Seven horses have died at Churchill Downs since April 27, and two of the deaths are still a mystery. Five of the deaths happened in the week leading up to the, and two more horses have been euthanized after suffering injuries in races just hours before post time.
"Transparency is an important component of our commitment to safety and accountability in horse racing. We share the concern of our fans who have questions about the recent equine fatalities at Churchill Downs Racetrack and we extend our sincere condolences to those who love and cared for these horses," read a statement by the famous Louisville track.
The seven horses who've died at the track are:
- Wild on Ice
- Take Charge Briana
- Code of Kings
- Parents Pride
- Chasing Artie
- Chloe's Dream
- Freezing Point
Wild on Ice last got injured on Thursday while training on dirt, while Take Charge Briana got hurt while competing on a turf race on Tuesday. Per release, "both were ultimately euthanized for humane reasons" because the injuries they suffered were not something they would be able to recover from.
On Saturday, Code of Kings broke his neck after flipping several times in his saddling paddock. Code of Kings was rushed to a nearby equine clinic, where he was euthanized.
Parents Pride and Chasing Artie, died on Saturday and Thursday, respectively. Both collapsed and died after racing at Churchill Downs. They were owned by Ken Ramsey, trained by Saffie Joseph Jr. and had Luis Saez as their jockey. Joseph has since been suspended indefinitely by Churchill Downs, pending investigation, and Lord Miles, his entry into the Kentucky Derby, was .
During Race 2 on Saturday, just hours before the post time for the Kentucky Derby -- Race 12 on the day, Chloe's Dream pulled up while exiting the first turn and was vanned off the track. The three-year-old eventually had to be euthanized due to the injuries.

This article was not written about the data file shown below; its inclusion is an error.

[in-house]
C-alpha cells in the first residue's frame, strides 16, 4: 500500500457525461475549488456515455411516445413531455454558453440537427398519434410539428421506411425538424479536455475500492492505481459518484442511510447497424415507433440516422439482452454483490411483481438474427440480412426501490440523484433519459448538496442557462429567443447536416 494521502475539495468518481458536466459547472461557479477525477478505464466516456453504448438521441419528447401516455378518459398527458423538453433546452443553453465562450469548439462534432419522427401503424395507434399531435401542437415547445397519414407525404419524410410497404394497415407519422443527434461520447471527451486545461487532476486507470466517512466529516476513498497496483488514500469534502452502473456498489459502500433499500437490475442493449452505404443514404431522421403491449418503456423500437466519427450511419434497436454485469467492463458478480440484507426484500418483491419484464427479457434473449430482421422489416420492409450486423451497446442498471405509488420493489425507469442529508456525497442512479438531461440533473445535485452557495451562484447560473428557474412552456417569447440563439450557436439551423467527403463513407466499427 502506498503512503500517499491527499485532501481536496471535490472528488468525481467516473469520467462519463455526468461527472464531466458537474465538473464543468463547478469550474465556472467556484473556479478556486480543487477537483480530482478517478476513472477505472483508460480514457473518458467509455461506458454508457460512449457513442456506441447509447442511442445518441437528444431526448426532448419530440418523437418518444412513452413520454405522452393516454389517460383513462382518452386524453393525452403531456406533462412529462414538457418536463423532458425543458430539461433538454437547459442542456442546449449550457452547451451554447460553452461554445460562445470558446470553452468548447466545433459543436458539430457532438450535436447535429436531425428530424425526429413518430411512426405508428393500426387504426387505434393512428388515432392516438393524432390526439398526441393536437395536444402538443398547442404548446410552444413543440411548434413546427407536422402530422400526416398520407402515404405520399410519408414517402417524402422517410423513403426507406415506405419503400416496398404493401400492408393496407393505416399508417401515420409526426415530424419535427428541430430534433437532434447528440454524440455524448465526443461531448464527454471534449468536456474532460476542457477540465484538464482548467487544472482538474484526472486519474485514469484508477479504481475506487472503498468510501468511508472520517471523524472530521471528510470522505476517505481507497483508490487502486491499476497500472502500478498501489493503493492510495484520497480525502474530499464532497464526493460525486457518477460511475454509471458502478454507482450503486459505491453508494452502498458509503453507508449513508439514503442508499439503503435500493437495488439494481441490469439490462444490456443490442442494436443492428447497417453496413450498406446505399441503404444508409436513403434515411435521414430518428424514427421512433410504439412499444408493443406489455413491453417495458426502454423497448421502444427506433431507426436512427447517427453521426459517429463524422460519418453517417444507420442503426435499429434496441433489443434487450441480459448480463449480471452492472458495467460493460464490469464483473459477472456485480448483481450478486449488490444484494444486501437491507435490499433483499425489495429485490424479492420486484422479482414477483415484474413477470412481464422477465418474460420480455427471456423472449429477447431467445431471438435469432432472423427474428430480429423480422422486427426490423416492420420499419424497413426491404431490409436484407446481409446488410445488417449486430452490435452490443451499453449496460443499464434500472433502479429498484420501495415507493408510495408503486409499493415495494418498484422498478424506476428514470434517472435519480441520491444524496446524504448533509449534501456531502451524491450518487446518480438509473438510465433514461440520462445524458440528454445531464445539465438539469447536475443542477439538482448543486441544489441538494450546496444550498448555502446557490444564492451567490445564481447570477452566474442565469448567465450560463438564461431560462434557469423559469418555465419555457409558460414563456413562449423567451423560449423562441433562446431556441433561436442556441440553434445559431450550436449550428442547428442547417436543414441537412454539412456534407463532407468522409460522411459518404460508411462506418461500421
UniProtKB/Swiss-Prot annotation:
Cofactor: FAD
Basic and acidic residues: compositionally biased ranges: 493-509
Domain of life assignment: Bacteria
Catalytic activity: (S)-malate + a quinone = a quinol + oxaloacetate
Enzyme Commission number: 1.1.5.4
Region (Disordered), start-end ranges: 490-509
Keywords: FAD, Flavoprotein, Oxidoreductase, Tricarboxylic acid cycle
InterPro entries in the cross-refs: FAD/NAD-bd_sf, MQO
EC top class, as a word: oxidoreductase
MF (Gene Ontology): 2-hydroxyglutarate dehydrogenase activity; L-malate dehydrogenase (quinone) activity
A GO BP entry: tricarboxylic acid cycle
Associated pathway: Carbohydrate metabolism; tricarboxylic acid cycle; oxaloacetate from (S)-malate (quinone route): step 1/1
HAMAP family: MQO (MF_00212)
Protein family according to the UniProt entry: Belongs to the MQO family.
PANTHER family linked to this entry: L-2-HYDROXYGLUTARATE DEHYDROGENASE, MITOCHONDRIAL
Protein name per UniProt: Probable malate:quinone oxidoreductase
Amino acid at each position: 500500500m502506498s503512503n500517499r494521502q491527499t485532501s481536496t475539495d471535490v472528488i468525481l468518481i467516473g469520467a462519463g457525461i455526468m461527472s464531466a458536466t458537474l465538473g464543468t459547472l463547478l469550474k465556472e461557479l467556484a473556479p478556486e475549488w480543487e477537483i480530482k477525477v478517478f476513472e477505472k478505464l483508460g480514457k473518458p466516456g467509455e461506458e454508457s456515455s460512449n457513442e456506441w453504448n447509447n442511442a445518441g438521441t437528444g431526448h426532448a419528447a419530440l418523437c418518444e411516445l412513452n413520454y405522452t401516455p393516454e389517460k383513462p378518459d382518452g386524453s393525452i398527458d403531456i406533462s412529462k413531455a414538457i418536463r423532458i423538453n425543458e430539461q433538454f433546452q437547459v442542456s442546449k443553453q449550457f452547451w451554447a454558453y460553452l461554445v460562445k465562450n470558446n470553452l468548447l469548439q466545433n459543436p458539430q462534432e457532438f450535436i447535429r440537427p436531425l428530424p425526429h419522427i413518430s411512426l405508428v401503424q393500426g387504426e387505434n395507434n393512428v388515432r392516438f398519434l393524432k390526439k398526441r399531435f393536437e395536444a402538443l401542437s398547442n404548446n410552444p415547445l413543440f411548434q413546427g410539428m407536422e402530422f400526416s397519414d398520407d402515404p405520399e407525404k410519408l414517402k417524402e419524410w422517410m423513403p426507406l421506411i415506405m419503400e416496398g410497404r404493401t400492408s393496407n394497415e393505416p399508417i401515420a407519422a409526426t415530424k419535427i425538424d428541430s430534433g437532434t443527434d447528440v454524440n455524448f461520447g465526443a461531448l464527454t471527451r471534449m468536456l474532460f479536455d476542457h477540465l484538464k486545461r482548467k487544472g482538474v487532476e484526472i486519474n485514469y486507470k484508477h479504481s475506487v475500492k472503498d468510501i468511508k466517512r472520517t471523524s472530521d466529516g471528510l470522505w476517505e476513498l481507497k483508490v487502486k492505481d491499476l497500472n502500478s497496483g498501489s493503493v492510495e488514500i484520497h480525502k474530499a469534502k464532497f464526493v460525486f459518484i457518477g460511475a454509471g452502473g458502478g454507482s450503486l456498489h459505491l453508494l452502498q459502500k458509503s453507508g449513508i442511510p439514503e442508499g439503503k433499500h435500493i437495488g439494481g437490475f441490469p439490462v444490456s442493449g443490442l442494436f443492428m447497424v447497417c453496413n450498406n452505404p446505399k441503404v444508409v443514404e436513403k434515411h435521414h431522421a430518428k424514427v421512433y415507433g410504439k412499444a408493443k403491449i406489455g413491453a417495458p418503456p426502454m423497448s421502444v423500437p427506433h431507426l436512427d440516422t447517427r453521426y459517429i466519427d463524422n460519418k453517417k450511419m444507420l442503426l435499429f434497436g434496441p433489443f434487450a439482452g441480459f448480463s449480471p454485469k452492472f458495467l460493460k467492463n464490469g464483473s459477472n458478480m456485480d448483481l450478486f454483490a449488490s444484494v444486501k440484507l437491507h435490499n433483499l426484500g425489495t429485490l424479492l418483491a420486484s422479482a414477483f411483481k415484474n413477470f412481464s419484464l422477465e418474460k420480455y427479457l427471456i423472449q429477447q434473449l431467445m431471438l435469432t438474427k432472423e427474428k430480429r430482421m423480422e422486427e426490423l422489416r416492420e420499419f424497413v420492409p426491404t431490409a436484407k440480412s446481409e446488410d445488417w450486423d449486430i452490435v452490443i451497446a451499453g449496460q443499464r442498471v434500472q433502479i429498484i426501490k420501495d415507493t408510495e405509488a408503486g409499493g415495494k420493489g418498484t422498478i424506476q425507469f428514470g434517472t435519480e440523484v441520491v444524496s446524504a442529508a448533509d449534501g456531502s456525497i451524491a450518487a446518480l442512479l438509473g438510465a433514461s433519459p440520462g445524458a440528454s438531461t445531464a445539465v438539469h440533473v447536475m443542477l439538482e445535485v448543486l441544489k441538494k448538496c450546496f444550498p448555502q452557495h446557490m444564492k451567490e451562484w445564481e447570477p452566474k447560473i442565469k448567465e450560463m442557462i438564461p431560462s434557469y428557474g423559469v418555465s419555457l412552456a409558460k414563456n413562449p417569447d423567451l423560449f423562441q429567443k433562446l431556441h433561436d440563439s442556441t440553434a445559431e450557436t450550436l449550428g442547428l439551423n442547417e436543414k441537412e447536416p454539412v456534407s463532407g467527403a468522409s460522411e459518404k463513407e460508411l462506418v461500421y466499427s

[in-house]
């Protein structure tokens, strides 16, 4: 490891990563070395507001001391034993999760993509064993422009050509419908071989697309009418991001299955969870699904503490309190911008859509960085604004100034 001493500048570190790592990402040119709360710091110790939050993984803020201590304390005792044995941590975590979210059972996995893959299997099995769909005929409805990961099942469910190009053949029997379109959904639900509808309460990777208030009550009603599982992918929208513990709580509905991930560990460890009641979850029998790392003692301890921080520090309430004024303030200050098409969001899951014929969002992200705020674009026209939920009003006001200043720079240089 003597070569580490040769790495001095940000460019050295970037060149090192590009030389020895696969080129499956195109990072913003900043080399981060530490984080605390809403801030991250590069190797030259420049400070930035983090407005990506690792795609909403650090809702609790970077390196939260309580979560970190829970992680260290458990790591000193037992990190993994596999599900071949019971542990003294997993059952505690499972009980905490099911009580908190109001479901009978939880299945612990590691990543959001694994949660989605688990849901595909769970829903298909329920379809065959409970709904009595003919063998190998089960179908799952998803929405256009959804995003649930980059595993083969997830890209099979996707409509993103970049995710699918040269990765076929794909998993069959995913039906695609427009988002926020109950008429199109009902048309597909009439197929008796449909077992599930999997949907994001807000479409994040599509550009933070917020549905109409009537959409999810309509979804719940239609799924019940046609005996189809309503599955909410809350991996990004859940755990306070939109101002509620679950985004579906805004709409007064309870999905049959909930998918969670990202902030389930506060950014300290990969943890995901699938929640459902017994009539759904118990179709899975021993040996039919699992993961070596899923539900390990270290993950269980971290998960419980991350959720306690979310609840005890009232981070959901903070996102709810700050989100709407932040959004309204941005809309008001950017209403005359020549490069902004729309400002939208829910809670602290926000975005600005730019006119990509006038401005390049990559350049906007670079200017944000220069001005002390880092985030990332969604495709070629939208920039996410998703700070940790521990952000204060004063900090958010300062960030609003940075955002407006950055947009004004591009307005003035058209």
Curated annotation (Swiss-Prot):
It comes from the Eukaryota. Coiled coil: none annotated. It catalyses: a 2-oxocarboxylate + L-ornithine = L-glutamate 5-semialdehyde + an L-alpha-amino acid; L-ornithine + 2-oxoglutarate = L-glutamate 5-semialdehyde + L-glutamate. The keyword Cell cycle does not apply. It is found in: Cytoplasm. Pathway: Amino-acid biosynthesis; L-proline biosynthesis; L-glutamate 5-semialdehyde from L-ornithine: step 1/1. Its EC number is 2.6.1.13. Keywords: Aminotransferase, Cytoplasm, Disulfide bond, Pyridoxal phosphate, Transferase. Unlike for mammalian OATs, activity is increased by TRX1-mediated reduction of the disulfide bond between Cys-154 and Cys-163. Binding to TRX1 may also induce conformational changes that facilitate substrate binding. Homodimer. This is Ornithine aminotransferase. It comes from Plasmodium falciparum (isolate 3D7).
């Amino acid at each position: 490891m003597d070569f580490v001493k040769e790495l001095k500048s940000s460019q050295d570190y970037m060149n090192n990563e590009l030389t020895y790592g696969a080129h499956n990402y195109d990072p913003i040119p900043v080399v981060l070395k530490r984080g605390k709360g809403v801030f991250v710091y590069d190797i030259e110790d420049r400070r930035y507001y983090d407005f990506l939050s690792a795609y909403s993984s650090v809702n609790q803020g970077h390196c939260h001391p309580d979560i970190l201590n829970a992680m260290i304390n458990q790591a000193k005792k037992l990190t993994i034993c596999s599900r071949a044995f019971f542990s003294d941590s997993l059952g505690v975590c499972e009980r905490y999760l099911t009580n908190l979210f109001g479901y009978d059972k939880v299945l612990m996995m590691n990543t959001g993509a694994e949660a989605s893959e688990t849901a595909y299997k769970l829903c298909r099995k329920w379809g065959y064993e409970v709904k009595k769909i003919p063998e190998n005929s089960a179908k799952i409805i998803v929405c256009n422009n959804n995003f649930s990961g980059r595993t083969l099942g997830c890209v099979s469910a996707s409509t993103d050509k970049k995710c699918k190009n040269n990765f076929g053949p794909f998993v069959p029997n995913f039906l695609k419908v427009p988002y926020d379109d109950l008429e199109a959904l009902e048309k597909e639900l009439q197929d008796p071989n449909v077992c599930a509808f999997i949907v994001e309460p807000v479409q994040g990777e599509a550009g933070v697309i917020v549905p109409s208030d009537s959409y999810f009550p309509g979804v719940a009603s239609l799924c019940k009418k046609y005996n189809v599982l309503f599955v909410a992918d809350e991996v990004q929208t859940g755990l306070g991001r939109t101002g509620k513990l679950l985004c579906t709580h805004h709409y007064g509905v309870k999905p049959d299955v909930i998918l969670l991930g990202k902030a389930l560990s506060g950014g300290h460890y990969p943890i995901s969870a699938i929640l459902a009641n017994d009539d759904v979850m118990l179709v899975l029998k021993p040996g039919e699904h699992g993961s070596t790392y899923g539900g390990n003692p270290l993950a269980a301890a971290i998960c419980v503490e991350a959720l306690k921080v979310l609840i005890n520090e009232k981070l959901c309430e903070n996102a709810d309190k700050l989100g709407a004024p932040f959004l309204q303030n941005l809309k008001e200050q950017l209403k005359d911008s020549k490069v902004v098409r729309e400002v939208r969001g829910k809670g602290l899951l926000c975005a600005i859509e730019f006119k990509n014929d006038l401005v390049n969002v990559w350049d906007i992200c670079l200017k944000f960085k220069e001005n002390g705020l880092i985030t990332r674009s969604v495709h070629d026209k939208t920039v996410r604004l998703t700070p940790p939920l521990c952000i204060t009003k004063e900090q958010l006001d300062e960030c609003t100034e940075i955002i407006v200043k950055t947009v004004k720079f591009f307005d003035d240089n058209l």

Freezing Point suffered an injury during the Pat Day Mile and had to be vanned off for further evaluation. According to the NBC Sports broadcast, Freezing Point had to be euthanized, making it the fifth horse to be euthanized at the track this week.
"While a series of events like this is highly unusual, it is completely unacceptable. We take this very seriously and acknowledge that these troubling incidents are alarming and must be addressed," read the Churchill Downs statement.
"We feel a tremendous responsibility to our fans, the participants in our sport and the entire industry to be a leader in safety and continue to make significant investments to eliminate risk to our athletes. We have full confidence in our racing surfaces and have been assured by our riders and horsemen that they do as well."
Parents Pride and Chasing Artie were transported to the University of Kentucky Veterinary Diagnostics Lab for complete necropsies and there is an investigation taking place.
Joseph told USA Today that his team has been retracing steps and looking for answers. They tested the blood of all the horses in the barn, but nothing unusual came up.
"This is something that doesn't happen," the trainer told USA Today. "I'm shattered, basically, because I know it can't happen. The odds of it happening twice is in the trillions. I run almost 4,000 horses and it never happened. It doesn't make sense."